National Instruments Opens Industrial IoT Lab

Jan. 12, 2017
Located in a flexibly powered and networked space at National Instruments headquarters, the company’s Industrial Internet of Things lab is designed for project collaboration with partners and demonstration of IoT capabilities to end users.

The Internet of Things (IoT) concept appeals to many industrial companies because it opens up a new world of business, operations and process improvement opportunities without requiring an entirely new set of technology investments. While there are obvious concerns about security, the bigger hurdle for most companies is simply understanding how the IoT concept can work for them.

Even though IoT is enabled by well-understood and long-used technologies, there’s simply not an abundance of application references to which companies can turn to better understand what it could mean for them. At least not yet.

In the interim, a proving ground of sorts is needed—and that is what National Instruments (NI) has established with the opening of its Industrial Internet of Things (IIoT) lab.

Focused on intelligent systems and the connection of operational and informational technologies and the companies working with them, the lab will intially concentrate its efforts on advanced control for manufacturing, asset monitoring for heavy equipment, and microgrid control and communication.

At the lab’s opening, NI’s Jamie Smith said, “The IoT is built with things, such as motors and drives. These things need to be equipped with world class sensors and those sensors’ data need to be processed to extract insights at the edge or be passed on to an IT network. No one company can do all this alone. You need an ecosystem of collaborators. This lab is a physical manifestation of that collaboration ecosystem.”

Companies working with NI to sponsor and collaborate with the IIoT Lab include Analog Devices Inc., Avnu Alliance, Cisco Systems, Hewlett Packard Enterprise (HPE), Industrial Internet Consortium, Intel, Kalypso, OPC Foundation, OSIsoft, PTC, Real-Time Innovations, SparkCognition, Semikron, Viewpoint Systems and Xilinx.

Smith highlighted one of the lab’s key agendas—to educate users on the viability of IoT. “We want our partners to bring their customers to the lab to show the viability of IoT and that the technologies are here and ready now,” he said.

Gerald Kleyn, a senior director at NI’s IIoT lab partner HPE, explained HPE’s complementary role with NI around IoT. “HPE sees IoT as things you want to connect with—and we're good at IT connections. But we didn't have all the connections points to the industrial space,” he said. “NI opens that up to us by converting industrial analog inputs into digital data streams we can act on.”

Explaining how the IIoT Lab is outfitted for flexible and collaborative work on IoT projects, NI’s Brett Burger noted that the lab is located near NI’s machine shops and demo building offices. “The lab has 50 network patch connections, 20 of which connect to the NI network and 30 are punch-throughs that connect to an adjacent server room that NI controls and to which public access can be allowed,” Burger said.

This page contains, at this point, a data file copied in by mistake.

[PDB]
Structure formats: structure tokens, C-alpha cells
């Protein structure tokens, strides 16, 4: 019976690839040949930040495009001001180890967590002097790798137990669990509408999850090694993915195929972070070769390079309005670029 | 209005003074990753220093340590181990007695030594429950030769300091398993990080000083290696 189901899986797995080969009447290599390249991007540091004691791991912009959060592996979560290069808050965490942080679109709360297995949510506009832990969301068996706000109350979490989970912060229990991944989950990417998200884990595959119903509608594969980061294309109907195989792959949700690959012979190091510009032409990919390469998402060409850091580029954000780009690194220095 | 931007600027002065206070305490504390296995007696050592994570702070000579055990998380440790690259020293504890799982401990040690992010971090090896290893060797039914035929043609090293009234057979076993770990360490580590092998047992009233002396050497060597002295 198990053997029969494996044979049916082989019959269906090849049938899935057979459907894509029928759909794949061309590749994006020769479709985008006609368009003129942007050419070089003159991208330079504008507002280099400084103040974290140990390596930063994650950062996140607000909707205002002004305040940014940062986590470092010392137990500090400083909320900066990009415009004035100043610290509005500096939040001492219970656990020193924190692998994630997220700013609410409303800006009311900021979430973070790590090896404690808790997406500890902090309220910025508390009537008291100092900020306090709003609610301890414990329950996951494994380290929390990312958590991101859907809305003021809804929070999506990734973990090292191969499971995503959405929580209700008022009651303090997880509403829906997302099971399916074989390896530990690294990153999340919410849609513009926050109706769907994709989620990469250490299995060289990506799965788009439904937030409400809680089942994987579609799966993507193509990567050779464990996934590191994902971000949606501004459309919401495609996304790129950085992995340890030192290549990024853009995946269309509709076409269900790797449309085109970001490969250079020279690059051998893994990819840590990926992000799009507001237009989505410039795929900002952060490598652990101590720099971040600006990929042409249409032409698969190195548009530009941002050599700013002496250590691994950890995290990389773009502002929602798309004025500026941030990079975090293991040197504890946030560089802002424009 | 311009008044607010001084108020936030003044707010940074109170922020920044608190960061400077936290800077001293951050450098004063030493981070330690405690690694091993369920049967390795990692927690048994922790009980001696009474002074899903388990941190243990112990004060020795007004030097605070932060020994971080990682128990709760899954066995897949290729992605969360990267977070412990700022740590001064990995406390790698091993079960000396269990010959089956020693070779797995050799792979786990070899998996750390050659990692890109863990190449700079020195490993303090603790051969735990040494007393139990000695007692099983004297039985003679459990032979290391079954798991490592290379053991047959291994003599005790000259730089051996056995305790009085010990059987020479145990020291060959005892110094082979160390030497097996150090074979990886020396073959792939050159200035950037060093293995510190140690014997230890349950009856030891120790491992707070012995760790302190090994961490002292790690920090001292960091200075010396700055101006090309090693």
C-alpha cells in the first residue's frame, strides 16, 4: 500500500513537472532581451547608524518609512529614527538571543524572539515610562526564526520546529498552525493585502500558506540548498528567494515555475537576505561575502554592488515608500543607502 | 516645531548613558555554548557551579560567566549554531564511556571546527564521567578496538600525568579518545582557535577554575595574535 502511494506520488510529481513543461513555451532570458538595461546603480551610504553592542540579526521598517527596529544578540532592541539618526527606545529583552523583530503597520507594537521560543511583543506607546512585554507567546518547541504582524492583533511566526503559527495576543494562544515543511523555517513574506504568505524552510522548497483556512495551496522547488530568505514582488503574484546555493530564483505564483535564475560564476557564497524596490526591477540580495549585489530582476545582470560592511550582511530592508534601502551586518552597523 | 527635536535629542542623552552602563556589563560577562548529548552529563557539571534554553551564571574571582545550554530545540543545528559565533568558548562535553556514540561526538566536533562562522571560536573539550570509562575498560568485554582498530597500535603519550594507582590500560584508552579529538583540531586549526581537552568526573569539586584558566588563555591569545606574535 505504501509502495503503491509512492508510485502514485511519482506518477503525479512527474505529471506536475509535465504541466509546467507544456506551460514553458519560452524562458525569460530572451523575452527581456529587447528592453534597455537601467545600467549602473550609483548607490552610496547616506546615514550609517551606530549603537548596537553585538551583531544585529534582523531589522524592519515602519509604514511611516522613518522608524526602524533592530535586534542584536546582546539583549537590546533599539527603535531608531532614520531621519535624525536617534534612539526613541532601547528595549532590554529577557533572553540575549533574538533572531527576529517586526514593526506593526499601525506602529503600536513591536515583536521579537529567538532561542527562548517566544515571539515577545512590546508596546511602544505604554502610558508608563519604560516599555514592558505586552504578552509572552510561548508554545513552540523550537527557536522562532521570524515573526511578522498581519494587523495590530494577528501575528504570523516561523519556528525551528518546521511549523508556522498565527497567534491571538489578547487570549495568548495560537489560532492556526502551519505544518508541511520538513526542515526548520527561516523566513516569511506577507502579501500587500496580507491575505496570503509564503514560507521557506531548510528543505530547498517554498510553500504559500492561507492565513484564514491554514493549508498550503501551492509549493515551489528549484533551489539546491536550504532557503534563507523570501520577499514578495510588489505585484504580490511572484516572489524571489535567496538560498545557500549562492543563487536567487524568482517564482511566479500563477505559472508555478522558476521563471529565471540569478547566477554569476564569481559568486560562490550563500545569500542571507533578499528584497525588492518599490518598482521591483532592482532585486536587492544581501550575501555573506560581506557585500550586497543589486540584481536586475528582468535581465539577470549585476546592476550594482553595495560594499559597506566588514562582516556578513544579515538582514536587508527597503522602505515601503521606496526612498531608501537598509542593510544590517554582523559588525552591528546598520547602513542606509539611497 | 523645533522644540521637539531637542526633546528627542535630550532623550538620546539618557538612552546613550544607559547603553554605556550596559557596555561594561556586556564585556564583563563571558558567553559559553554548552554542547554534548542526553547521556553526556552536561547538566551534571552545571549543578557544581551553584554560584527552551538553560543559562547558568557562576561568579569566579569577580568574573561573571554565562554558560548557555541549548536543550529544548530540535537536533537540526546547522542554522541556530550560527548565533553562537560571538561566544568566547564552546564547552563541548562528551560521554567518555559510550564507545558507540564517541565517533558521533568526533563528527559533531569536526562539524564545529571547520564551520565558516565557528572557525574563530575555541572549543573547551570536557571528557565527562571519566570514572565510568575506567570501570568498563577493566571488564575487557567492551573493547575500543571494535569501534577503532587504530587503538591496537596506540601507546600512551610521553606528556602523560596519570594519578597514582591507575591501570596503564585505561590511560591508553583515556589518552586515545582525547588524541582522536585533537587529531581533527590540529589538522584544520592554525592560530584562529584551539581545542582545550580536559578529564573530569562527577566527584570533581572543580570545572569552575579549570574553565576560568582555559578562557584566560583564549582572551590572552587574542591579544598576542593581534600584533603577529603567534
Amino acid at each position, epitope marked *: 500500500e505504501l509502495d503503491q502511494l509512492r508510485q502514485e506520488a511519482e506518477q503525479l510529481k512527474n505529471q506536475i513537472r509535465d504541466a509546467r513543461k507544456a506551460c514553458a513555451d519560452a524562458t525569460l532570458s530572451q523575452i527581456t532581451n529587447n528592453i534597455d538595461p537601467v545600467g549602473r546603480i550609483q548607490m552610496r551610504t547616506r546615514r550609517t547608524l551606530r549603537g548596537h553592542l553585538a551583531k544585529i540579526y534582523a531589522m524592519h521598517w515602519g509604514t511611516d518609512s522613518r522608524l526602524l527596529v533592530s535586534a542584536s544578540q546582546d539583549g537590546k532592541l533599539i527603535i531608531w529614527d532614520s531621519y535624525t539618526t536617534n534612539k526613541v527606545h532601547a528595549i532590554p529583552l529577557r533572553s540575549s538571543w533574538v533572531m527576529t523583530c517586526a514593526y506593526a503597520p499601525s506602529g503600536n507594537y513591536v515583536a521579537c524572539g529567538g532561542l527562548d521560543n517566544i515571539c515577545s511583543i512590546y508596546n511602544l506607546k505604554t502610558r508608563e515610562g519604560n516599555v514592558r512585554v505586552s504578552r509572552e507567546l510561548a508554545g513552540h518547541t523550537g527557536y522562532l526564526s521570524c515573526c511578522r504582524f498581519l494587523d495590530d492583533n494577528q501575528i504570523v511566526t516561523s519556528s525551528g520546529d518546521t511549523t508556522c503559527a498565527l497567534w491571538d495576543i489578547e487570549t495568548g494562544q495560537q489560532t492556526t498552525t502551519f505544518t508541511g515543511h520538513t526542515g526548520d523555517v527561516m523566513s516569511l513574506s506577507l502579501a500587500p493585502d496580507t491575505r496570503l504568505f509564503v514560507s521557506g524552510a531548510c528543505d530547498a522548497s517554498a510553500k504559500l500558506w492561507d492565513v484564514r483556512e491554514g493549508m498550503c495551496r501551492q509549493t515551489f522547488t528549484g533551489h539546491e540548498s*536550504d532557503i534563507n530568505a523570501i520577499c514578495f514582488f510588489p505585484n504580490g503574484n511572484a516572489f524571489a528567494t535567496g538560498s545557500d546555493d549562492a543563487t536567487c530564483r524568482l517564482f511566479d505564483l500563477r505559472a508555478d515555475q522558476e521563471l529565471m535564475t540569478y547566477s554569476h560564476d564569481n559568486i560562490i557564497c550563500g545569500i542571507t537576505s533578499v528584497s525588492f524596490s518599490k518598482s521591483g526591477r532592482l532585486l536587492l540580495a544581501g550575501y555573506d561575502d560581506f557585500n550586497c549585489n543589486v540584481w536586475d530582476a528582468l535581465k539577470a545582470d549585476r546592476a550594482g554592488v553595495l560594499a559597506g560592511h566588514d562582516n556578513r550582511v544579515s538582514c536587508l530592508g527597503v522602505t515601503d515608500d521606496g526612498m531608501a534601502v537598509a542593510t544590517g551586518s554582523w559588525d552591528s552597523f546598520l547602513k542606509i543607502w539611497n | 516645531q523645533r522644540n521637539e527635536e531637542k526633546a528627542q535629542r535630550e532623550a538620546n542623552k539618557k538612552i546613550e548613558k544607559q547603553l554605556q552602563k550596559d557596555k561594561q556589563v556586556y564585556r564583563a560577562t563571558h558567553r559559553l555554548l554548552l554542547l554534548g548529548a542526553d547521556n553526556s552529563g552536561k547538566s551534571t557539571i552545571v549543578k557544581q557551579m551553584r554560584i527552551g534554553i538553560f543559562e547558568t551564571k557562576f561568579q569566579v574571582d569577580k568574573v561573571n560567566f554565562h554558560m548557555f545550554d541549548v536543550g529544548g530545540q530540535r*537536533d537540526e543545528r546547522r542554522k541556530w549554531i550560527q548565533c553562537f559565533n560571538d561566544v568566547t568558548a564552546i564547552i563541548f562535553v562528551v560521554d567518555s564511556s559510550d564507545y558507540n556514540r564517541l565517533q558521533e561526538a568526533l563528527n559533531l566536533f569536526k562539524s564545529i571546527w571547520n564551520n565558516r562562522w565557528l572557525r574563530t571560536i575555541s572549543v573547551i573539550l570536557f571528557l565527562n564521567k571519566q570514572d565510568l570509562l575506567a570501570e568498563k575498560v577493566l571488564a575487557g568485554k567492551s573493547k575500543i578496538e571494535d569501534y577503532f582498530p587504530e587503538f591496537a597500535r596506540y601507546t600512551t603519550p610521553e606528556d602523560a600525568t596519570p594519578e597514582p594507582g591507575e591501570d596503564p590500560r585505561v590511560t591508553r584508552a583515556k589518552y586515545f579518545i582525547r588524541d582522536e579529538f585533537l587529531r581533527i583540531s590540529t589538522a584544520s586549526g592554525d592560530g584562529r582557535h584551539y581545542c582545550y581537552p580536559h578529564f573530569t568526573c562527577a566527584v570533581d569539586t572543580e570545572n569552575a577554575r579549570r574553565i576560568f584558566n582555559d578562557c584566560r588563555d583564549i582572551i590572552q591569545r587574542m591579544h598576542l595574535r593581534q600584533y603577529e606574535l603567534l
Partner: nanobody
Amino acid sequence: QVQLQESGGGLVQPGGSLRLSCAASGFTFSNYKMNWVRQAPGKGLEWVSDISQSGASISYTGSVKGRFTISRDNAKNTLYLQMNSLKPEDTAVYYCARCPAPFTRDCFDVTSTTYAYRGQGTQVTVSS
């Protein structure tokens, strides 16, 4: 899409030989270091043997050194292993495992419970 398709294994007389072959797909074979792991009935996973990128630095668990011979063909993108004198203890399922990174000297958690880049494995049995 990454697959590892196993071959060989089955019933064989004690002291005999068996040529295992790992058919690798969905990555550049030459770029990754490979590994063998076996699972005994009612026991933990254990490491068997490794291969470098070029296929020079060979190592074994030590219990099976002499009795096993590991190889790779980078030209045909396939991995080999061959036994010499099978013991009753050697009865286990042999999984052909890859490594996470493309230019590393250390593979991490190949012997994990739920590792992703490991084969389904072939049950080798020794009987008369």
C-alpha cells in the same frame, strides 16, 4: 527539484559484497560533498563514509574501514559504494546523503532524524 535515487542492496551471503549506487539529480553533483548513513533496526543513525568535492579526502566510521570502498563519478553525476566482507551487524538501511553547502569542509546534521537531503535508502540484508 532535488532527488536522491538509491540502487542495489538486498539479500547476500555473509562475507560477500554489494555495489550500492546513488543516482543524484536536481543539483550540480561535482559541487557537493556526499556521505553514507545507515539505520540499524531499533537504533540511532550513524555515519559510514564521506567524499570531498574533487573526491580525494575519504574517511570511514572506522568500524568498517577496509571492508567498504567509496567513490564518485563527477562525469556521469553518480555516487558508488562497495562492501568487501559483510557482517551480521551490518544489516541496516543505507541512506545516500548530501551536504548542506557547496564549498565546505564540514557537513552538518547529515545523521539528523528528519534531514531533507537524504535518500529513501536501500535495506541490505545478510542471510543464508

The lab also has a GPS drop for applications requiring global synchronized measurement, three-phase power for manufacturing applications such as robotics, and a three-phase microgrid connection to Austin Energy for project testing involving the power grid. Burger said these three areas will represent the core focus for the lab for the next few years. He added, however, that “nothing in this lab is finished. At this point, we’re laying the foundation for collaboration and continuous development of the lab.”

As a proof point of NI’s intent for the lab’s continuous development, Burger pointed out that the lab’s flexible power and networking outlets can easily be physically relocated and expanded as needed based on the requirements of the lab’s projects. “We built the lab for ultimate flexibility—even the network and power ports are flexible so they can be moved without ripping up sheetrock,” he said.

The first test of the lab—beyond the establishment of the Time Sensitive Networking (see video below), asset monitoring, and microgrid control and communication demos highlighted at the launch—will focus on Time Sensitive Networking (TSN) device testing. Burger said that at least 20 representatives from NI’s TSN partners are coming to the IIOT Lab’s plugfest this week to verify that their devices work within the TSN framework using the lab’s resources.

Commenting on the current state of IoT awareness across industry, Burger said, “End users today aren’t looking for specific IoT solutions, but they have problems they're looking for IoT to fix. And at the executive level, industrial companies understand that IoT will be a game changer. They know that, if they're not focusing here now, they’ll be at a disadvantage.”

The video below shows NI's Time Sensitive Networking demo presented during the opening of the company's Industrial IoT Lab. The demo highlights how TSN prioritizes control network traffic over IT network traffic on converged IT/OT Ethernet networks to ensure that there is no impact on production systems.

About the Author

David Greenfield, editor in chief | Editor in Chief

David Greenfield joined Automation World in June 2011. Bringing a wealth of industry knowledge and media experience to his position, David’s contributions can be found in AW’s print and online editions and custom projects. Earlier in his career, David was Editorial Director of Design News at UBM Electronics, and prior to joining UBM, he was Editorial Director of Control Engineering at Reed Business Information, where he also worked on Manufacturing Business Technology as Publisher. 

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